“The closer you get to the gates, the fiercer the lions.” A Buddhist saying about death and life.
Carrie Host has produced what is perhaps the most dramatic account of surviving cancer since Lance Armstrong’s surprisingly moving and candid It’s Not About the Bike. Host had just given birth to a child when she was diagnosed with the highly threatening carcinoid cancer. She was given a shocking diagnosis – a period of only 18 to 36 months to live.
Host’s story answered some otherwise unanswerable questions for this reader. As I was born, my mother received a similar diagnosis because of another form of cancer, and we never discussed what the experience of being given – and surviving – a fatal diagnosis was like. A few of those questions were answered for me in Armstrong’s book, but Host’s account as a woman and a new mother almost literally enabled me to see the events as my mother might have seen them.
“I am feeling more like their grandmother than their mother.”
Host spares few details of what it is like to be deathly ill and reliant upon loved ones to take care of both her needs and those of her children. At times she felt like a bystander in her own life. But Host was a fighter and, like Armstrong, she pursued second and third opinions as to how to best treat her condition. Some will find the candidness overwhelming at times, but Host’s book will have performed a great public service if it helps another cancer patient to retain hope.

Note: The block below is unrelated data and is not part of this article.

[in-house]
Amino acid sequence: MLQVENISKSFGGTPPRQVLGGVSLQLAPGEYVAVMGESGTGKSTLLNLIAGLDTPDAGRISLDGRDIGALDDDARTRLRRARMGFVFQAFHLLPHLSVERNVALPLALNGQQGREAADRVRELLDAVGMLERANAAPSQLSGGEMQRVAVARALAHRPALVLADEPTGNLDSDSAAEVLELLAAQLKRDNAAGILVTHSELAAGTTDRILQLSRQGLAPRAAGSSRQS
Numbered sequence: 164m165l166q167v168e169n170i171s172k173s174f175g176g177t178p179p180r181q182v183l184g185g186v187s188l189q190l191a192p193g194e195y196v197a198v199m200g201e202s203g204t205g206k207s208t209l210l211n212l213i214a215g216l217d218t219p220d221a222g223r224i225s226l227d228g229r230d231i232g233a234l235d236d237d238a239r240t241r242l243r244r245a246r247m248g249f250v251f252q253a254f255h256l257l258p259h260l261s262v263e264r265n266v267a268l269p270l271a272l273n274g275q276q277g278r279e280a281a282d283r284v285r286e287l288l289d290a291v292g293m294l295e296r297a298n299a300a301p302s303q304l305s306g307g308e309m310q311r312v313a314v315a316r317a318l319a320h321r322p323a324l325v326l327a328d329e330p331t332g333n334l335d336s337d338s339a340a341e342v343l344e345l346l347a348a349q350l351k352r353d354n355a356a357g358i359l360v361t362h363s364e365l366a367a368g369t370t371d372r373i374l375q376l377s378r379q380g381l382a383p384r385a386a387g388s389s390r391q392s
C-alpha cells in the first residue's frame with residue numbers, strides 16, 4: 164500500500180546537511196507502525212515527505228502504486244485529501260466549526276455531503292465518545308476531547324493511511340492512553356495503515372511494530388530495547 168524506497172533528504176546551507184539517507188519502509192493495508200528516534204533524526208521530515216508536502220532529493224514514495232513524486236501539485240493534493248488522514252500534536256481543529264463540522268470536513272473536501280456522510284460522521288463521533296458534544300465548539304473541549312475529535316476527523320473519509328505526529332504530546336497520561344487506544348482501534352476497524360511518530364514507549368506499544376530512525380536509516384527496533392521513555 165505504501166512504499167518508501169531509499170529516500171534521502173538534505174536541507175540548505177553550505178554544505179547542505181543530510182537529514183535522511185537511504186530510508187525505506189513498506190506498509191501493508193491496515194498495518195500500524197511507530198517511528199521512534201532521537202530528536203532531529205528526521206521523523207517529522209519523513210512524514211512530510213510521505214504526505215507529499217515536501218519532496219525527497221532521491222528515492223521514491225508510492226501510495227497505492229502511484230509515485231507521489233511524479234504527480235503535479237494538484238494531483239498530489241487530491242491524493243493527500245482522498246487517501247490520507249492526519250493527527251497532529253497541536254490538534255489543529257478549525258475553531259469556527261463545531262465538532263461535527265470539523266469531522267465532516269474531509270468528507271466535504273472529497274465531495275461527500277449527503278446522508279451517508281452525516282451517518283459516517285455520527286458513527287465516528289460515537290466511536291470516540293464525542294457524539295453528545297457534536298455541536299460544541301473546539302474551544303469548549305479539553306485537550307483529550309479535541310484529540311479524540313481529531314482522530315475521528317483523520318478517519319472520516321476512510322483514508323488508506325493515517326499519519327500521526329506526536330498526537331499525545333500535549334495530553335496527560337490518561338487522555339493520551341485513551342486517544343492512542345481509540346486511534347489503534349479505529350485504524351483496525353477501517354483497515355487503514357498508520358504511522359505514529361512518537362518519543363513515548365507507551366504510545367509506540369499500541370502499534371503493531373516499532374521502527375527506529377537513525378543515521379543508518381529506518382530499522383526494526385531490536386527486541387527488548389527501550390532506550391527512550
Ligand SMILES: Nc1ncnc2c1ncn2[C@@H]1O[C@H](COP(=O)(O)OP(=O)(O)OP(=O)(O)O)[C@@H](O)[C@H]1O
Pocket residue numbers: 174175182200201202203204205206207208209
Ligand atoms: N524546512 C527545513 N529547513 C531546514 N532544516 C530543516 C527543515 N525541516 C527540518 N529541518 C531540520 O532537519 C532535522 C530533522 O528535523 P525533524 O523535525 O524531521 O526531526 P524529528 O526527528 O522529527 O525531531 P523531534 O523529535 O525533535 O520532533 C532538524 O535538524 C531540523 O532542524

Host compares fighting the carcinoid cancer – which can return after being removed and thus required multiple surgeries in her case – with struggling to remain afloat in a fast-moving river. Not all will see this as the best or most appropriate analogy, but at one point Host does compare the cancer to a fierce tiger. That was the analogy that hit home for this reader.
Once you’ve arrived at the end of this unique memoir, you will be quite glad to know that Carrie Host is doing fine now. The nightmarish events in the book are now seven years behind her. Just a few days ago she accompanied William, the male child born when events began to spin out of control, as he went out trick-or-treating on Halloween.
Life goes on. Carrie Host’s life, and this inspiring account of her struggle at death’s door, will serve to remind us that miracles do indeed happen in this life. And that life is well worth fighting for, no matter how fierce the lions and tigers may be.
This review was written by Joseph Arellano. A review copy was provided by the publisher.